Equity performance does not necessarily indicate economic health, and today’s current high stock market valuations speak little of our economic reality. Though recouping losses sustained in the Financial Crisis, equity market performance in the past four years has been almost entirely driven by the zero-interest and easy monetary policies we describe. All that new money (essentially new debt) is flowing into financial markets and speculative assets.
Wharton School Professor Franklin Allen agrees. Summarizing why markets are doing well while the economy falters, he believes “quantitative easing is a big part of the explanation.” Central bank policies are at fault because “at least part of the money is going into equities and driving up their prices.”
Barclays Capital is more direct, telling wealthy clients in their recent Global Economics Weekly, “We see the new highs in equity prices as a product of extreme levels of central bank support.” (You can substitute ‘money printing’ for ‘support.’)
The graph above clearly demonstrates the point. The American S&P 500 stock index performs quite well during the periods of massive US Federal Reserve ‘stimulus’ programs, but prices fall off considerably when the Fed’s ‘piggy bank’ is taken away! Also notable is the ‘law of diminishing returns,’ as each successive monetary injection has less positive effect on equity valuations.
The graph for the S&P is not unique. It is strikingly similar to that of other ‘money-printing’ developed economies and their stock markets.
Using our example, we note that fundamental data show corporate profits have improved. Many large companies appear healthy, and their profitability has expanded since the Crisis five years ago. Similarly, there can be no argument that large multi-nationals have record cash on hand, and companies are not dangerously over-levered (indebted). All are important fundamental factors from a market valuation viewpoint.
However, the underlying reasons for these seemingly robust corporate profiles have a much less sanguine reality and are indicative of why the endless monetary manipulation is now actually having decidedly negative effects on global economies.
Companies are not investing in new plant, equipment, and human talent. They have trimmed their payrolls to the bare minimum, reduced worker hours where possible, and drastically cut overhead and expenses.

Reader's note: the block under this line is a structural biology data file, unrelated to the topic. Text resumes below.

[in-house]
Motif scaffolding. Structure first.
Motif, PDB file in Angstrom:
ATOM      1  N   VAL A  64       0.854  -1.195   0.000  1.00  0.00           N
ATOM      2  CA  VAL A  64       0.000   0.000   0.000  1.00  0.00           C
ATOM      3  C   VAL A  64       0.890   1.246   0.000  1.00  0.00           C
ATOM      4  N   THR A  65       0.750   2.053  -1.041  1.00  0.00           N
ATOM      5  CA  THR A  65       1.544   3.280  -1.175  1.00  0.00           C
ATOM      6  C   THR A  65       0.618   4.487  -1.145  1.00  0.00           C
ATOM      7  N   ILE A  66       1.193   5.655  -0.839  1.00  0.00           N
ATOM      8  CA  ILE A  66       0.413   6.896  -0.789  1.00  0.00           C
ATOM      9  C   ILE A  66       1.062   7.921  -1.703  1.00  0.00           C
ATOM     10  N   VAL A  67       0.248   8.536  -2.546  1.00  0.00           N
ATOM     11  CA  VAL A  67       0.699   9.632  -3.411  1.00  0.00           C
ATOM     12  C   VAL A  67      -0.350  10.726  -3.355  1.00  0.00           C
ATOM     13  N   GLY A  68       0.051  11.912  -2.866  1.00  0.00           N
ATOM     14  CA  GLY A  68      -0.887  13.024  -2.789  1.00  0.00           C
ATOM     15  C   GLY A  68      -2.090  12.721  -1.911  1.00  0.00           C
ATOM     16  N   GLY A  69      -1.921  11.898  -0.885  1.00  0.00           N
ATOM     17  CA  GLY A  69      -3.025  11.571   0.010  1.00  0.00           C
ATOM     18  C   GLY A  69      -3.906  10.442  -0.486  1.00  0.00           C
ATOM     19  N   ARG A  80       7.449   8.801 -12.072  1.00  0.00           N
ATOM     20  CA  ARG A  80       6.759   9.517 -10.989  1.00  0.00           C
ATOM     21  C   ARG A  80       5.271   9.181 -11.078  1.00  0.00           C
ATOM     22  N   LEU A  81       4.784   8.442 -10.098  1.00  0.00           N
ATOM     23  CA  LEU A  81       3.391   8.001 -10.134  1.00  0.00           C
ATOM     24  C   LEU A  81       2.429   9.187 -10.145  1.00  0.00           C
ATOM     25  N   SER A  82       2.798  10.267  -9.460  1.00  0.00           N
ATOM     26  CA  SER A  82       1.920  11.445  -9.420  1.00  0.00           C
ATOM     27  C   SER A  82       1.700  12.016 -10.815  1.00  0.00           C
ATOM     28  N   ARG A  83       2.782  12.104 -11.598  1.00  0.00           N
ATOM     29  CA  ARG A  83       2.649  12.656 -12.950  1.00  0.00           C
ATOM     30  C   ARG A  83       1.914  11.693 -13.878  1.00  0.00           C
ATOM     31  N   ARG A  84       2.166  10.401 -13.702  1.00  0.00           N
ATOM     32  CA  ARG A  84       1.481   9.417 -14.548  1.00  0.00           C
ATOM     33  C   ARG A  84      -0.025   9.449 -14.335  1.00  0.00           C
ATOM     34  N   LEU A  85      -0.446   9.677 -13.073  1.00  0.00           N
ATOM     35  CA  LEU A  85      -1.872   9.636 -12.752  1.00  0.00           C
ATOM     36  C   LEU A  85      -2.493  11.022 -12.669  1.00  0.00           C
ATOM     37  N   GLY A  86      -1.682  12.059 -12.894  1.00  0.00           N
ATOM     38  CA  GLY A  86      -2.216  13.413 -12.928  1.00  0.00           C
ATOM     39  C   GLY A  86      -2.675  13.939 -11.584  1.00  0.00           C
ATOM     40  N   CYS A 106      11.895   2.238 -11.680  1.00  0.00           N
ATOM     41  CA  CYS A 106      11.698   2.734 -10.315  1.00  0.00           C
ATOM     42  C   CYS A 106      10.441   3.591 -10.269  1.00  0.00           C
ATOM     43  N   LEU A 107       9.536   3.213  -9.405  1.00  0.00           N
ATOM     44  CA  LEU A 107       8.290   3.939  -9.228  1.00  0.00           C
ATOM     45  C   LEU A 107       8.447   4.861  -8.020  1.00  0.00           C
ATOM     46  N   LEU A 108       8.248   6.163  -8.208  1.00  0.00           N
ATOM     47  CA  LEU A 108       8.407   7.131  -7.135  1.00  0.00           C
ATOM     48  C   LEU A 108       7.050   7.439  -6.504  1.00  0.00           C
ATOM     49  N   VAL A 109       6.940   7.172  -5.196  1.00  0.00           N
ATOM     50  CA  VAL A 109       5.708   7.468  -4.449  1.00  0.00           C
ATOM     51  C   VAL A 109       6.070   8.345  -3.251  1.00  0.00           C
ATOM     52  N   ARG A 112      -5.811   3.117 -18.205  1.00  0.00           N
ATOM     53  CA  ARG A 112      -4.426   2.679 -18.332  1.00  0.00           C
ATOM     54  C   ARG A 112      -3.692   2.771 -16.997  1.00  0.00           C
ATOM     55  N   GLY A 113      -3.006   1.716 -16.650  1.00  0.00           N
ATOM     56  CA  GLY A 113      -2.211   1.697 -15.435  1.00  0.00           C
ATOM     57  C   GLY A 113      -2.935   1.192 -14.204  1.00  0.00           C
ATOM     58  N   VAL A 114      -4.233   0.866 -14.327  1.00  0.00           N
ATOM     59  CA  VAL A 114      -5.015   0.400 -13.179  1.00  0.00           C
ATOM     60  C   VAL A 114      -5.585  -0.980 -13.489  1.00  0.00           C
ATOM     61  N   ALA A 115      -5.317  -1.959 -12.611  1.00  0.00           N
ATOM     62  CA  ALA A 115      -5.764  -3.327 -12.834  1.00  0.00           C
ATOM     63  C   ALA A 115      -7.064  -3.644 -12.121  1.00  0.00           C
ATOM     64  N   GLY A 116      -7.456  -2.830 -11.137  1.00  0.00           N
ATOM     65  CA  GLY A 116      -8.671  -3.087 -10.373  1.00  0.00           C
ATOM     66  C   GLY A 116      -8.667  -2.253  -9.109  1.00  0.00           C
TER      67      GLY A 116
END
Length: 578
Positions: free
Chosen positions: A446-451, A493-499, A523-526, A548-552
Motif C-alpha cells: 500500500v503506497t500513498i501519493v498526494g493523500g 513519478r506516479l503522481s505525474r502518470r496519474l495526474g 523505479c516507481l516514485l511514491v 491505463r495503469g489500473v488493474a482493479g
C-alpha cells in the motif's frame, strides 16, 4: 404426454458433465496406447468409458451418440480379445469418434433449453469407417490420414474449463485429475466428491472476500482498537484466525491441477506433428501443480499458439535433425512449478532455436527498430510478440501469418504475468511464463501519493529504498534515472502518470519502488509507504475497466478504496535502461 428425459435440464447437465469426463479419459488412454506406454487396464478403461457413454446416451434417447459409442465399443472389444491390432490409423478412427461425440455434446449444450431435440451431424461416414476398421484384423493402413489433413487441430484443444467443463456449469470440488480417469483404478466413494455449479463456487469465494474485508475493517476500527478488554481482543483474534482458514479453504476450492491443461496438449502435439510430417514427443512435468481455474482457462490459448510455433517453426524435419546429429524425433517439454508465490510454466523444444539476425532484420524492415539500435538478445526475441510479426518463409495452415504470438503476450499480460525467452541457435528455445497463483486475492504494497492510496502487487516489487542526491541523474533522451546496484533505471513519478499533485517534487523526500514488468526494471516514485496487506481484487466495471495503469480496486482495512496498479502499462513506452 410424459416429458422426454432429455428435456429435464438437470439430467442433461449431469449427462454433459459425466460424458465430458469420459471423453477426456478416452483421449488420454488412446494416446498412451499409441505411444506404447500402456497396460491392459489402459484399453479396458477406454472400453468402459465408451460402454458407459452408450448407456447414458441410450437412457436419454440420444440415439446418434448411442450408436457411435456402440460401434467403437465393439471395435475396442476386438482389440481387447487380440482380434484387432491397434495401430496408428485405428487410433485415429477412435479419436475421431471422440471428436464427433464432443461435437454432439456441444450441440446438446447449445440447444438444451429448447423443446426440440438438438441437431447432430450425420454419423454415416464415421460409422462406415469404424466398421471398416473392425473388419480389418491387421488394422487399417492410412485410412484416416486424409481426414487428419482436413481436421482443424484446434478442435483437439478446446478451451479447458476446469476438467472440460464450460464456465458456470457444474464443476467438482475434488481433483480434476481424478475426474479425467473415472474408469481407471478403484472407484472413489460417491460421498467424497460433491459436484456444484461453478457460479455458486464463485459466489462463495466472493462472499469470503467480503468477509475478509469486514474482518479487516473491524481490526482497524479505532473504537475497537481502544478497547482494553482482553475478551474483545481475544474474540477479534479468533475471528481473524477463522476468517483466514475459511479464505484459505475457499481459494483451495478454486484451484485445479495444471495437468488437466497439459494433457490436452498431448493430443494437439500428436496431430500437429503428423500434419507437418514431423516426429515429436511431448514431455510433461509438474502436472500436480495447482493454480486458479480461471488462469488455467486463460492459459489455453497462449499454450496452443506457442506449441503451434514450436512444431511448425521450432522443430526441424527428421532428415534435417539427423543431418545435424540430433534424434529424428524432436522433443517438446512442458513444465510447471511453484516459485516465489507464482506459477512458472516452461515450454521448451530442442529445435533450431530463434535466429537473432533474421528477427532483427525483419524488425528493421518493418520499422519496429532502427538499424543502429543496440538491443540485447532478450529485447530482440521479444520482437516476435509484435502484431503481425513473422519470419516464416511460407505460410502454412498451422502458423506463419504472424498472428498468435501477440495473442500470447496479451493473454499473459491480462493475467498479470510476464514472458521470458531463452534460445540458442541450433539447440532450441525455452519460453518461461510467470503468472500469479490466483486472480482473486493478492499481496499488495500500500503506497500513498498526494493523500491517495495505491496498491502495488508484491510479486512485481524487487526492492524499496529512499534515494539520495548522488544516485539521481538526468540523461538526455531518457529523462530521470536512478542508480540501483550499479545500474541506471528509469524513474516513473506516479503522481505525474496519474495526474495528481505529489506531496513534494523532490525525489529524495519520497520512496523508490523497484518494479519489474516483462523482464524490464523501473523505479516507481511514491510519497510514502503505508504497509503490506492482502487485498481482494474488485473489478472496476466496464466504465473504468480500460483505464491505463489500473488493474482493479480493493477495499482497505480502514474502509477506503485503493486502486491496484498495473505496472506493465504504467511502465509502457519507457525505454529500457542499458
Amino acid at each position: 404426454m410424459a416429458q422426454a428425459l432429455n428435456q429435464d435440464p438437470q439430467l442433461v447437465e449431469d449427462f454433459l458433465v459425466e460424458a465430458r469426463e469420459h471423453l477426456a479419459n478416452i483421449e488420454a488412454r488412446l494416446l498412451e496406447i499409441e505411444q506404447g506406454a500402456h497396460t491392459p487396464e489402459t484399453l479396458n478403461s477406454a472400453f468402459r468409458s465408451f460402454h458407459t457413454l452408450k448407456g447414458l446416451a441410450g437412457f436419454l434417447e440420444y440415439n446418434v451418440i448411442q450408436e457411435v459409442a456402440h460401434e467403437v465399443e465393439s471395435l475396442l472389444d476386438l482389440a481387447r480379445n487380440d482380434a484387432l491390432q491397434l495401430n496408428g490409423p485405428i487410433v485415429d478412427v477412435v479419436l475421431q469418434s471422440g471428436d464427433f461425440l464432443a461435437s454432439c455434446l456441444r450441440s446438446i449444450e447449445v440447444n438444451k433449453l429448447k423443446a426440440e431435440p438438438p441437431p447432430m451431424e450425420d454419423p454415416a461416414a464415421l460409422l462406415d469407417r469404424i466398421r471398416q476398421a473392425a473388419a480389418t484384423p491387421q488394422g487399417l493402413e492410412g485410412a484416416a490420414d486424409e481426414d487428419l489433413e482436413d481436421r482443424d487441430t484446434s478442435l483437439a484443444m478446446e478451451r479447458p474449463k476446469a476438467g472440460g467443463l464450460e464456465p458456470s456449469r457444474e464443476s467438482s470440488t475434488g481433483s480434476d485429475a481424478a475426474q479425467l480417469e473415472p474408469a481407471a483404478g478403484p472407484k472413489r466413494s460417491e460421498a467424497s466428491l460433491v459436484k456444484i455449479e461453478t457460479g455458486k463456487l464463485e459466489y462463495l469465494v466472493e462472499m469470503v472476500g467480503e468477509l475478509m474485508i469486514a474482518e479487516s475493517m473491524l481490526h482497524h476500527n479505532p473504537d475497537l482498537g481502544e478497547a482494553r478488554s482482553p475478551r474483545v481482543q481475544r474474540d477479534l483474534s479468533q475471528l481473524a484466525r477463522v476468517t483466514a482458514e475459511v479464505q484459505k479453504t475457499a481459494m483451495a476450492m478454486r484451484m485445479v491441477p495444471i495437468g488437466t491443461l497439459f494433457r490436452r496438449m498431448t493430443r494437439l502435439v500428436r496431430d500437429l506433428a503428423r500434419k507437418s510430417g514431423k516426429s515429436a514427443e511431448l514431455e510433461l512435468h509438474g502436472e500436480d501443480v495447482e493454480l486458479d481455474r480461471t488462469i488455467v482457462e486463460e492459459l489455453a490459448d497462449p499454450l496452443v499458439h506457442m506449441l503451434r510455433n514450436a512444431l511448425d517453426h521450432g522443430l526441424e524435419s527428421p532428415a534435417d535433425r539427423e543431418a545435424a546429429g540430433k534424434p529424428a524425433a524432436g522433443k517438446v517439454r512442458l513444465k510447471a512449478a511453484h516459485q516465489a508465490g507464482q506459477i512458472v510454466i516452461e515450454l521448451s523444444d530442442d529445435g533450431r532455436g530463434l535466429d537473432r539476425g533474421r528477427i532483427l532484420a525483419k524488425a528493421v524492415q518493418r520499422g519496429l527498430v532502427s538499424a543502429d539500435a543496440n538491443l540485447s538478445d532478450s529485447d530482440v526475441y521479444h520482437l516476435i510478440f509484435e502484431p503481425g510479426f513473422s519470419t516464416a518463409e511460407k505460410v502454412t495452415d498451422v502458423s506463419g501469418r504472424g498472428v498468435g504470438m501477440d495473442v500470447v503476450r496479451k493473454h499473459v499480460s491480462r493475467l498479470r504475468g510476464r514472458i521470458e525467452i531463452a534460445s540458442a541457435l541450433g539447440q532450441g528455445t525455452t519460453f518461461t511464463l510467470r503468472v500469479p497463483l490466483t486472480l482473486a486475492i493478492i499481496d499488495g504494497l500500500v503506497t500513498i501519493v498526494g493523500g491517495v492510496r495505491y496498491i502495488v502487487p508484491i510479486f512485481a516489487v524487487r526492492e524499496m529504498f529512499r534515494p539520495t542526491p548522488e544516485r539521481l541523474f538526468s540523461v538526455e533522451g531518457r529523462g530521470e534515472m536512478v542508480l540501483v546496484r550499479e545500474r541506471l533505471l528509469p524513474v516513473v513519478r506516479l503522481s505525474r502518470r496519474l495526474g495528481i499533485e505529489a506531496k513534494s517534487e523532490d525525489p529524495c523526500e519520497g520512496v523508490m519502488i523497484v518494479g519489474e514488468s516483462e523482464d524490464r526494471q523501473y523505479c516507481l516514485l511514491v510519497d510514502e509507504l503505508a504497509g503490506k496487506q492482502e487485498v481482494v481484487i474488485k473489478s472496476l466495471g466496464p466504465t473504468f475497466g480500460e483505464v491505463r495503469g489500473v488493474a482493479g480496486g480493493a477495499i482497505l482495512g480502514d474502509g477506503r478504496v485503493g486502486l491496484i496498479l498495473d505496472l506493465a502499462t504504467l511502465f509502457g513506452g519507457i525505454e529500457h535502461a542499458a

Indeed, firms are hoarding cash and paying down debt. They are uneasy about the economic future, government policy, and their own survival. With business and productive investment thus seemingly immobilized, the economy remains weak. All the excess liquidity then flows into speculation, pushing financial assets and equity markets to new and illusory heights. In other words, equity markets are being artificially inflated.
Most of the stock market rally since 2009 can be chalked up to central bank policy – which we fear is creating even more downside risk. Walter Zimmerman, Senior Technical Analyst at United-ICAP, warns, “The stock market is no longer a lead indicator for the economy. It is instead reflecting [central bank] manipulation. Pushing the stock market higher while the real economy languishes has resulted in another bubble.” (More on this topic in Part III of our Series.)
‘Cheap money’ is not driving the economy forward at any meaningful speed, but it is producing a very marked acceleration in speculative asset valuations. In sum, central banks’ easy-money agenda is producing economic results that are quite opposite to those intended.
Central bank policy has clearly shown a ‘Grand Disconnect’ between intentions and results. It has proven to be a costly misapplication of resources. The new money is being used to support old debt and new speculation, rather than to build and increase productive economic resources.
Massive liquidity and low interest rate policies are not promoting increased production, meaningful new jobs, and fruitful business investment – the key ingredients required for real economic renewal and sustainable growth.
As a country’s economy stalls or shrinks, so do its industries, jobs, and prospects for future improvement. When taken together with debtor nation political dysfunction and excessive regional austerity and fiscal consolidation measures, the outlook is not bright – and the risks are to the downside.
Sucking the lifeblood out of already struggling economies causes economic activity to decline further and revenues to continue to shrink. The possibilities of paying – yet alone servicing – difficult debt loads evaporate as well. The economy then faces even more financial turmoil. Indeed, it can become a vicious spiral downward!
Of course, this speaks nothing of the huge social costs already being experienced.
From our perspective, there are increasing signs that central bank policy and governmental market manipulation are producing unintended consequences. The collateral damage is severe and increasing. The results are robbing us of our economic future. Ultimately, the effects may be devastating.
In this new global paradigm, individual savers and investors need to be informed and prepared. There is a future, though the perspective on the horizon may be unclear. A planned course of action is imperative to preserve (protect) hard-earned capital and to align possible strategies for the unknowns still unfolding. We will offer our perspective and some suggestions in Part III: “Brave New World.”
Note: The viewpoints expressed herein are solely those of the author and are not necessarily those of any institution or organization with which he may have an affiliation.
Featured image/Peter Linke via Flickr, PD